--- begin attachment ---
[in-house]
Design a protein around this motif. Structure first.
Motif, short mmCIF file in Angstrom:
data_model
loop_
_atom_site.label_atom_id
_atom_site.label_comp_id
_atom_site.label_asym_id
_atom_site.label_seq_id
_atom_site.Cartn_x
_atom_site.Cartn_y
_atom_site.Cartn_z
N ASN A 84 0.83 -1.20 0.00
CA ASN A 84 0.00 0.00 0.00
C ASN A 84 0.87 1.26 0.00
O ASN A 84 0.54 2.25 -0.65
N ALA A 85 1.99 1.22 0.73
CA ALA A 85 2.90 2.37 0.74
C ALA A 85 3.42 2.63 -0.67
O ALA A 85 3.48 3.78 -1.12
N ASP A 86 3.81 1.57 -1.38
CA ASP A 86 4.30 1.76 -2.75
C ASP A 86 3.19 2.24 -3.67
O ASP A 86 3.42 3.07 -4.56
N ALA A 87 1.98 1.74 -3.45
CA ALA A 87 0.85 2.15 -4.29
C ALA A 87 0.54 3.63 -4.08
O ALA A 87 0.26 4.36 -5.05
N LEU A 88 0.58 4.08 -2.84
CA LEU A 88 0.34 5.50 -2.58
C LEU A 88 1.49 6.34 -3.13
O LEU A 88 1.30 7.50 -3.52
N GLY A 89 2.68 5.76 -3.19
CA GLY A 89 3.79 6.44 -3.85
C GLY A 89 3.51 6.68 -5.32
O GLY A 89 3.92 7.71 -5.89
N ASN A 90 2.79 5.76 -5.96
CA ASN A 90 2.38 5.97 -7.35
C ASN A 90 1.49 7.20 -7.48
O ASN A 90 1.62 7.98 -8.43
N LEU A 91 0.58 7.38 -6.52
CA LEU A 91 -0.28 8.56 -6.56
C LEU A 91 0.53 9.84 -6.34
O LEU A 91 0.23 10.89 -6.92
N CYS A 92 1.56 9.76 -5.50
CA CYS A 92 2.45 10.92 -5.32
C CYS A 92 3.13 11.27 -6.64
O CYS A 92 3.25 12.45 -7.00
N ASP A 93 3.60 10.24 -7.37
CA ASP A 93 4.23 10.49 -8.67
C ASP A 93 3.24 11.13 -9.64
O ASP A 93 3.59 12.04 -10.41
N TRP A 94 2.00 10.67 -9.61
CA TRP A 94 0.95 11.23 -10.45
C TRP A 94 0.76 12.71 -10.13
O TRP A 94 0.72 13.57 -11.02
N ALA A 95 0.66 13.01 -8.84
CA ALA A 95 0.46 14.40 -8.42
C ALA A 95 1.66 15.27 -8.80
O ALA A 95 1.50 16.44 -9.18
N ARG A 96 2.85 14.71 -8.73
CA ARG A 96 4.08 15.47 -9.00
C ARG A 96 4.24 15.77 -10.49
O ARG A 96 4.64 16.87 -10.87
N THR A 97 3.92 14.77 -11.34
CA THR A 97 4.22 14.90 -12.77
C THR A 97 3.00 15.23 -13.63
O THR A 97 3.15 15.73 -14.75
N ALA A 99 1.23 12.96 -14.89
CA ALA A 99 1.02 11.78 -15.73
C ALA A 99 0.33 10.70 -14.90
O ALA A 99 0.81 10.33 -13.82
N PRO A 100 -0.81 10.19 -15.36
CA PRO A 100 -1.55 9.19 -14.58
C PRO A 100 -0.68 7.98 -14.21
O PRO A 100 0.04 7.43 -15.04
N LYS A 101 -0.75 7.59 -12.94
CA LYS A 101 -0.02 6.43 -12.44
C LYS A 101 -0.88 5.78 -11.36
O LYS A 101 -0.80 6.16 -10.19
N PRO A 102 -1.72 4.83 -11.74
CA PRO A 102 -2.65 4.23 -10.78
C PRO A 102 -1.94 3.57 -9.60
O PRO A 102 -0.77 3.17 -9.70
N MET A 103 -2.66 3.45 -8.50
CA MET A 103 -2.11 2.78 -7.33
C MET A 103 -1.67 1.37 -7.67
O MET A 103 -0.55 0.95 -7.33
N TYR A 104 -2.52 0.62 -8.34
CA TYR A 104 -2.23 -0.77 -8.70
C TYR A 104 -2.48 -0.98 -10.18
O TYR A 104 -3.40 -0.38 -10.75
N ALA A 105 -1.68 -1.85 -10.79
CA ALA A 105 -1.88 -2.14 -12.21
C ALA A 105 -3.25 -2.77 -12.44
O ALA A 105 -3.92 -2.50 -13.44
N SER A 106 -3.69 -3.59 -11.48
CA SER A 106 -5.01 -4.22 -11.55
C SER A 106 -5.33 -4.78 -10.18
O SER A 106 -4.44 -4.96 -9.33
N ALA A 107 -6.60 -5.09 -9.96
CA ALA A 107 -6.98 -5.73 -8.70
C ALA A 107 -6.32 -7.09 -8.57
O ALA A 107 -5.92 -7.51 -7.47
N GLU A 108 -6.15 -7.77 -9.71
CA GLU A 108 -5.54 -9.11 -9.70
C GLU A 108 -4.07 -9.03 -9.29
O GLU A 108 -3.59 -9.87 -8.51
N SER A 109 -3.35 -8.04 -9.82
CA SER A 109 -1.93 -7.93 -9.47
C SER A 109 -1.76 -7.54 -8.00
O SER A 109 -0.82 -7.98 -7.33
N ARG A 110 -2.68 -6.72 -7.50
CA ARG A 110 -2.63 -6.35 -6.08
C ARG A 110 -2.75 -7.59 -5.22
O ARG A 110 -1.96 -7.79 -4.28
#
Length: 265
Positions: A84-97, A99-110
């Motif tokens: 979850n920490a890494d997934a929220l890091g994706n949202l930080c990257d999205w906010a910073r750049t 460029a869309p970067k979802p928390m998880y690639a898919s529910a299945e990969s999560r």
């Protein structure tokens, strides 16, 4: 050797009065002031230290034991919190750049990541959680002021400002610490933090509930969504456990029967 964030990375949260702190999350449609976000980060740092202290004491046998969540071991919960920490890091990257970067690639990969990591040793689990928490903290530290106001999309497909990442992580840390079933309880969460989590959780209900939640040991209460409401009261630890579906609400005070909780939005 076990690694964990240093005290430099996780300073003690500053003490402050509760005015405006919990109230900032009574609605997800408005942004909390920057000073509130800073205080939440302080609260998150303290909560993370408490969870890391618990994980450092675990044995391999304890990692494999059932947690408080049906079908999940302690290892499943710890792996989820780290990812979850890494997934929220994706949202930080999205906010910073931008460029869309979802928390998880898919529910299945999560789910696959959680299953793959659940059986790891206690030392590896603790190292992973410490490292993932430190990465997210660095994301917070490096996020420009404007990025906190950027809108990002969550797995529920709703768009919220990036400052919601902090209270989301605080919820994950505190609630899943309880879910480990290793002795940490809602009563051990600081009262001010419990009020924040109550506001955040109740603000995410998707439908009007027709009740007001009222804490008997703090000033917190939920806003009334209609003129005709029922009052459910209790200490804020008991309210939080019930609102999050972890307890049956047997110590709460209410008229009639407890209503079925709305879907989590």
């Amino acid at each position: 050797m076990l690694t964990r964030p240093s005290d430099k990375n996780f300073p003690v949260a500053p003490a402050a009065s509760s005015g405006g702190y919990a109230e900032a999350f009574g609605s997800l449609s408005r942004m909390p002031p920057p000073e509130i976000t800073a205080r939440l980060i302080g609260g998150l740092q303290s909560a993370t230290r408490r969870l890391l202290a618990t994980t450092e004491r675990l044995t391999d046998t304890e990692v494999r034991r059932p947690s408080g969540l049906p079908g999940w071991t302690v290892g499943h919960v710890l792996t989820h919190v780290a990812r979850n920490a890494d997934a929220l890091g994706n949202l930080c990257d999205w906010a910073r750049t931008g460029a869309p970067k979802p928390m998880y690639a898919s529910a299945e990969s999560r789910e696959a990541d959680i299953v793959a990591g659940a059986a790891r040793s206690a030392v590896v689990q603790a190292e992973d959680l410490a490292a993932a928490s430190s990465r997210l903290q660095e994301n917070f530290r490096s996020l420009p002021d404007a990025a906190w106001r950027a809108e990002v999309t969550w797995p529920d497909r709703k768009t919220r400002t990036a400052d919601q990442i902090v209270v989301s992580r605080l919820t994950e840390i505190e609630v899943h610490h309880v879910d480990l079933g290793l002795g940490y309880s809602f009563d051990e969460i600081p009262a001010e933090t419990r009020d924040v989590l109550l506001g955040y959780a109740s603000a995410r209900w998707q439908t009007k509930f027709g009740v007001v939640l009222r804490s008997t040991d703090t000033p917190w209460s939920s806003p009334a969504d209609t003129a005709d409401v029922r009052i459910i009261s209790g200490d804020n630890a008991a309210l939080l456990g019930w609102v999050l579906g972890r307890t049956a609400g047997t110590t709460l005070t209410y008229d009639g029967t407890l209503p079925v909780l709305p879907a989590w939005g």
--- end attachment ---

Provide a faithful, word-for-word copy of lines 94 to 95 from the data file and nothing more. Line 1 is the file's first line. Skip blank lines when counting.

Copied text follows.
CA ALA A 105 -1.88 -2.14 -12.21
C ALA A 105 -3.25 -2.77 -12.44